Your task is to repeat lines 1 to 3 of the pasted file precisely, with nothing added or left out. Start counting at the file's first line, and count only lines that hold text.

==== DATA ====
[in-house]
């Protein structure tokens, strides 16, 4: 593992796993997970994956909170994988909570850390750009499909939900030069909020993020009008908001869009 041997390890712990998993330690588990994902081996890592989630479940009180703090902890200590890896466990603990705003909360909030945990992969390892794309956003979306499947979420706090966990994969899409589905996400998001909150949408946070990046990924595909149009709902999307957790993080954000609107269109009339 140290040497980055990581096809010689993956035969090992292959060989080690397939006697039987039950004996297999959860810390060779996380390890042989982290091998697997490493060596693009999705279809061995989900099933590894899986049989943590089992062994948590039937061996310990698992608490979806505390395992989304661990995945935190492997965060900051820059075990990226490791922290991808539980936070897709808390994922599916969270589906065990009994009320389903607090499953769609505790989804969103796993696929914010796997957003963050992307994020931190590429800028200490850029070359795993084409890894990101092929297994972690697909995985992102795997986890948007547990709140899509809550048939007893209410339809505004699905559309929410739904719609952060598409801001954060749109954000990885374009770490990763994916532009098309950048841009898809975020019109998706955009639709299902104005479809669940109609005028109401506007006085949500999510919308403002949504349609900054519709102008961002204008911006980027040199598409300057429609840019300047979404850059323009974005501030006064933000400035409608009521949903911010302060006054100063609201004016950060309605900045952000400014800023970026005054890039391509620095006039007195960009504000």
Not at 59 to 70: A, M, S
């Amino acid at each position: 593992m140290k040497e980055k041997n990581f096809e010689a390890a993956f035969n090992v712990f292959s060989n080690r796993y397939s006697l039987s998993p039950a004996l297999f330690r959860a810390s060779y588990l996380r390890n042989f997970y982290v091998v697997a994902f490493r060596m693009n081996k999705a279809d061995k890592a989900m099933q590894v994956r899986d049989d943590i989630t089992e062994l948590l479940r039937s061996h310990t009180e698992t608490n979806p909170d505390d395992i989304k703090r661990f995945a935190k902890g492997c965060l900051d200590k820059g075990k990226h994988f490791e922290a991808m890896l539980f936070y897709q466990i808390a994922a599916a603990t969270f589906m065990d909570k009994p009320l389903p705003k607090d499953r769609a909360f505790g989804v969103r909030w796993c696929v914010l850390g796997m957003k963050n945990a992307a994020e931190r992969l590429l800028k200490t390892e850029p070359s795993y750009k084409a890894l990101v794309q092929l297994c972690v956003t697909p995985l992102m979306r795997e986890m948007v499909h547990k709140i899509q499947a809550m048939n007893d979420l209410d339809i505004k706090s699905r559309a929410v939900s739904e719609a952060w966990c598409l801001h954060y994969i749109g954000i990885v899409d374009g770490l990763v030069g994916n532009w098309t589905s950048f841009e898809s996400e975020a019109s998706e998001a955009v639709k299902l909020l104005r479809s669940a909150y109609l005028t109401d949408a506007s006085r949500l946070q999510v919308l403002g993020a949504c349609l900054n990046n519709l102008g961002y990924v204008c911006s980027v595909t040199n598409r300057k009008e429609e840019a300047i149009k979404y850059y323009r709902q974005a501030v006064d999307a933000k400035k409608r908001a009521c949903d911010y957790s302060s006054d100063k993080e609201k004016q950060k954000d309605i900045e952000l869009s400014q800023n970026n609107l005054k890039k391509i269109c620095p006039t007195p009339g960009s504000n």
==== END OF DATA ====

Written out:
[in-house]
């Protein structure tokens, strides 16, 4: 593992796993997970994956909170994988909570850390750009499909939900030069909020993020009008908001869009 041997390890712990998993330690588990994902081996890592989630479940009180703090902890200590890896466990603990705003909360909030945990992969390892794309956003979306499947979420706090966990994969899409589905996400998001909150949408946070990046990924595909149009709902999307957790993080954000609107269109009339 140290040497980055990581096809010689993956035969090992292959060989080690397939006697039987039950004996297999959860810390060779996380390890042989982290091998697997490493060596693009999705279809061995989900099933590894899986049989943590089992062994948590039937061996310990698992608490979806505390395992989304661990995945935190492997965060900051820059075990990226490791922290991808539980936070897709808390994922599916969270589906065990009994009320389903607090499953769609505790989804969103796993696929914010796997957003963050992307994020931190590429800028200490850029070359795993084409890894990101092929297994972690697909995985992102795997986890948007547990709140899509809550048939007893209410339809505004699905559309929410739904719609952060598409801001954060749109954000990885374009770490990763994916532009098309950048841009898809975020019109998706955009639709299902104005479809669940109609005028109401506007006085949500999510919308403002949504349609900054519709102008961002204008911006980027040199598409300057429609840019300047979404850059323009974005501030006064933000400035409608009521949903911010302060006054100063609201004016950060309605900045952000400014800023970026005054890039391509620095006039007195960009504000």
Not at 59 to 70: A, M, S